Sannicandro’s 28-year-old son, David, has Down syndrome. The Ashland lawmaker knows from personal experience how important it is to empower his son to make as many life choices as he can. From constituents, he also knows how challenging that can be, especially given a state bureaucracy that favors service providers instead of beneficiaries.
To shift the balance of power, the Real Lives bill would change the way developmental services are delivered. Individuals or their legally designated representatives — with oversight from the state — could design their own “person-centered plans” to use taxpayer money they qualify to receive. The bill also addresses the sometimes long delays that individuals experience when they are not happy or satisfied in a certain setting.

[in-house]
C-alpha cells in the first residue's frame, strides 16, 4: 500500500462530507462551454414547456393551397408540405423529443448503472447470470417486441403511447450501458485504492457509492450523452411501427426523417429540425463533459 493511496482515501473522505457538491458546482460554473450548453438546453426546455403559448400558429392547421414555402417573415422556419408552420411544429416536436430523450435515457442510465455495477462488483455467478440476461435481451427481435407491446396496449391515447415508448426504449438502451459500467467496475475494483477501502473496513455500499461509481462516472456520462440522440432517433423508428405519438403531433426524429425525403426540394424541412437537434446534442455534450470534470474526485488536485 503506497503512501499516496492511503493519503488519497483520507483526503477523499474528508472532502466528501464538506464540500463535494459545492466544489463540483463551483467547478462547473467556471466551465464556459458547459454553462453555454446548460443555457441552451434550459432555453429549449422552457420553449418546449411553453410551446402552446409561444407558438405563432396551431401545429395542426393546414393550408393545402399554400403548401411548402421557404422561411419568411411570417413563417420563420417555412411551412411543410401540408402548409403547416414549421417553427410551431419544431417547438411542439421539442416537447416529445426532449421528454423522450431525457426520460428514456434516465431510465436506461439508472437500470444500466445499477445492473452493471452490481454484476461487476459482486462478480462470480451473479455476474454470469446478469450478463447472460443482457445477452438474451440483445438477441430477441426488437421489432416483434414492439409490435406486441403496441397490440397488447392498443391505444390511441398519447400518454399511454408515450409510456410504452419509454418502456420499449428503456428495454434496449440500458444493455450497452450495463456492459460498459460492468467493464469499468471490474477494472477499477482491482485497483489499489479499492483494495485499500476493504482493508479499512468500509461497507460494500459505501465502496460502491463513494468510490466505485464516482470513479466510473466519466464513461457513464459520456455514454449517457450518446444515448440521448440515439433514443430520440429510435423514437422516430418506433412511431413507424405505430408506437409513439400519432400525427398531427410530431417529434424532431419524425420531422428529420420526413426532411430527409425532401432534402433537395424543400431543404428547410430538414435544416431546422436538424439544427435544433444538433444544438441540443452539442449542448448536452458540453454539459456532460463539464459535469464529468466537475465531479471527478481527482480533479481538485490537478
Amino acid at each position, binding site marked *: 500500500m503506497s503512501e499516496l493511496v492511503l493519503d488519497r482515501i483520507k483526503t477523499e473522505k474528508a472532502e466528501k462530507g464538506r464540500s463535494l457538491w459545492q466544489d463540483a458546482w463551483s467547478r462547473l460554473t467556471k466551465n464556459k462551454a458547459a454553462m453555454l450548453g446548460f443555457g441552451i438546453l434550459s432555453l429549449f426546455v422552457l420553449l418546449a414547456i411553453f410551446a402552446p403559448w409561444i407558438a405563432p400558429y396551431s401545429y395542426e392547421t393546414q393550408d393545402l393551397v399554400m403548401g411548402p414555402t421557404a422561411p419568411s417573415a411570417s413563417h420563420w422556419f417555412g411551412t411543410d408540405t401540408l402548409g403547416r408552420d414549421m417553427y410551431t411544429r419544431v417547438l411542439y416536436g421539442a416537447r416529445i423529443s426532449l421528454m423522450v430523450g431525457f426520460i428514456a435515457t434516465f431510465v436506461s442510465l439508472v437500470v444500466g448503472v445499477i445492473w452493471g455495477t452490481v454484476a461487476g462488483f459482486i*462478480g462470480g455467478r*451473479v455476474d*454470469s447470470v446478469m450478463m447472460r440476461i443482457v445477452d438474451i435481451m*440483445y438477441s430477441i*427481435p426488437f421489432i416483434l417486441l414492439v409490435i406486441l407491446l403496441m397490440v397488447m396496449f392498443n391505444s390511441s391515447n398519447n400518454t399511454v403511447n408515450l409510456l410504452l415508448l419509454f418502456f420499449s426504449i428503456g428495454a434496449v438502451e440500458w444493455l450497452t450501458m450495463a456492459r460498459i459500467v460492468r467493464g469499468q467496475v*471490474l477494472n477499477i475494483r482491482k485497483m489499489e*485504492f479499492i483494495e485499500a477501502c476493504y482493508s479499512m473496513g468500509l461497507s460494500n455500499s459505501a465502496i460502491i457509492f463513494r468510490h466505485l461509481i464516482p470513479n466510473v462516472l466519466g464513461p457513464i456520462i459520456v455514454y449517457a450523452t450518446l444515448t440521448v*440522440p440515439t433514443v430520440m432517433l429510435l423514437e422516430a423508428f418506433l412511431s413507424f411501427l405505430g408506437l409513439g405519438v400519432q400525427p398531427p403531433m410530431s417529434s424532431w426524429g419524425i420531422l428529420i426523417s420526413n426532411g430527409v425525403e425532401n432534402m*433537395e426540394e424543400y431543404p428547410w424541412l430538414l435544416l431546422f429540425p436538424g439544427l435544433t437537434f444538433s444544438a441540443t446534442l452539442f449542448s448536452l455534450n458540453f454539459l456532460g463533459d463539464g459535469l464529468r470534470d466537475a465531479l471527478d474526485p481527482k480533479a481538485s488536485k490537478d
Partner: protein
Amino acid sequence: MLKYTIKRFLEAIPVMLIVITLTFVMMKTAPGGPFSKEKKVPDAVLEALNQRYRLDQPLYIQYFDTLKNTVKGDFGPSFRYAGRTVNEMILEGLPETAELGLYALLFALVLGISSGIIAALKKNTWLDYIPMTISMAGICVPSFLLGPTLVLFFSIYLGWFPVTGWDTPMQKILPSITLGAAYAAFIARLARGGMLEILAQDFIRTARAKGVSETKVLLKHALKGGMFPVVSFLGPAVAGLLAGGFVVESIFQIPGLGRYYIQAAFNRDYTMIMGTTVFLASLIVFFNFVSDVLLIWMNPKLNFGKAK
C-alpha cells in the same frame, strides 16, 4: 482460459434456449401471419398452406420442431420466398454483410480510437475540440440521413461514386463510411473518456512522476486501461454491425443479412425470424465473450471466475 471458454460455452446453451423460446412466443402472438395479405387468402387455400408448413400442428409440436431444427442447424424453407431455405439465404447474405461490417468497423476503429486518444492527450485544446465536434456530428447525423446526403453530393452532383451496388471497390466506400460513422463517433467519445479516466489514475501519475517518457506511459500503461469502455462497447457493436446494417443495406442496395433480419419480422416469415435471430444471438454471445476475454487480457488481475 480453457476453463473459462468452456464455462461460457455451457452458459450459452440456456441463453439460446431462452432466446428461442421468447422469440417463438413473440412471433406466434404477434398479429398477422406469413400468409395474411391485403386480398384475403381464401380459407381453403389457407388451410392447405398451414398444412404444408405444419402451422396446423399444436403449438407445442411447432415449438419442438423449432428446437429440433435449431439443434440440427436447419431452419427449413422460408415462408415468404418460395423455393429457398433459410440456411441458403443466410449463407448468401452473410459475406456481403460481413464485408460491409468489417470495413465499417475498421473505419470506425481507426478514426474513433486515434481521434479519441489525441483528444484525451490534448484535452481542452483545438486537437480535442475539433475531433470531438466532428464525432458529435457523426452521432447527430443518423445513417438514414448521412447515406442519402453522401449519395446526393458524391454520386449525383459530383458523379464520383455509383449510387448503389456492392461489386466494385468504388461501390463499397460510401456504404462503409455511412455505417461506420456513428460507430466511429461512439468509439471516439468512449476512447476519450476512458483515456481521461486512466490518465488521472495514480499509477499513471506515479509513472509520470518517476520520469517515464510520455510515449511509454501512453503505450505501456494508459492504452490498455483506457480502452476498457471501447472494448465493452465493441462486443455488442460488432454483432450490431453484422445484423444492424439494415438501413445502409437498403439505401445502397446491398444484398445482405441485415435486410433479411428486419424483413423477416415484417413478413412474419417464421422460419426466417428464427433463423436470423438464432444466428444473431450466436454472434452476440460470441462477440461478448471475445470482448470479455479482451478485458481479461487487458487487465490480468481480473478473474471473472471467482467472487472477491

The current system leaves decisions about how money will be used and for what purpose with providers. If a specific program doesn’t work out for a particular individual, it’s difficult to get out of it. Providers are not eager to lose the revenue stream represented by an unhappy user.
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